Let us now consider a single storage cell made up of electrolyte, one positive plate, and one negative plate. When this cell is fully charged, or in a condition to produce a current of electricity, the positive plate is made up of peroxide of lead (PbO2), the negative plate of pure lead (Pb), and the electrolyte of dilute sulphuric acid (H2SO4). This is shown diagrammatically in Fig. 19. The chemical changes that take place when the cell is discharging and the final result of the changes are as follows:

(a). At the Positive Plate: Lead peroxide and sulphuric acid produce lead sulphate, water, and oxygen, or:

(b). At the Negative Plate: Lead and sulphuric acid produce lead sulphate and Hydrogen, or:

The oxygen of equation (a) and the hydrogen of equation (b) combine to form water, as may be shown by adding these two equations, giving one equation for the entire discharge action:

In this equation we start with the active materials and electrolyte in their original condition, and finish with the lead sulphate and water, -which are the final products of a discharge. Examining this equation, we see that the sulphuric acid of the electrolyte is used up in forming lead sulphate on both positive and negative plates, and is therefore removed from the electrolyte. This gives us the easily remembered rule for remembering discharge actions, which, though open to question from a strictly scientific viewpoint, is nevertheless convenient:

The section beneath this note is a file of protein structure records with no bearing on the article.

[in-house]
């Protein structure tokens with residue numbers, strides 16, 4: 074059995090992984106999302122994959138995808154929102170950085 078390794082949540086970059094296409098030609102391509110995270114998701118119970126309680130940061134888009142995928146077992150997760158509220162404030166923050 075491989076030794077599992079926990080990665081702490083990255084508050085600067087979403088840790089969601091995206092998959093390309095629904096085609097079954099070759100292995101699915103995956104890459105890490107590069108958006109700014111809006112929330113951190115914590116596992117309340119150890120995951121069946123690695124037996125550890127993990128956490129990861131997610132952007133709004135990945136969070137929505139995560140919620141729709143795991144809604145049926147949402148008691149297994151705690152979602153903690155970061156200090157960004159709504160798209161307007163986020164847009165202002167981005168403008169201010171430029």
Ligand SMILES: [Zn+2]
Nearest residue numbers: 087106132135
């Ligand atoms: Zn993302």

During discharge the acid goes into the plates.

The chemical changes described in (a), (b), and (c) are not instantaneous. That is, the lead, lead peroxide, and sulphuric acid of the fully charged cell are not changed into lead sulphate and water as soon as a current begins to pass through the cell. This action is a gradual one, small portions of these substances being changed at a time. The greater the current that flows through the cell, the faster will the changes occur. Theoretically, the changes will continue to take place as long as any lead,,. lead peroxide, and sulphuric acid remain. The faster these are changed into lead sulphate and water, the shorter will be the time that the storage cell can furnish a current, or the sooner it will be discharged.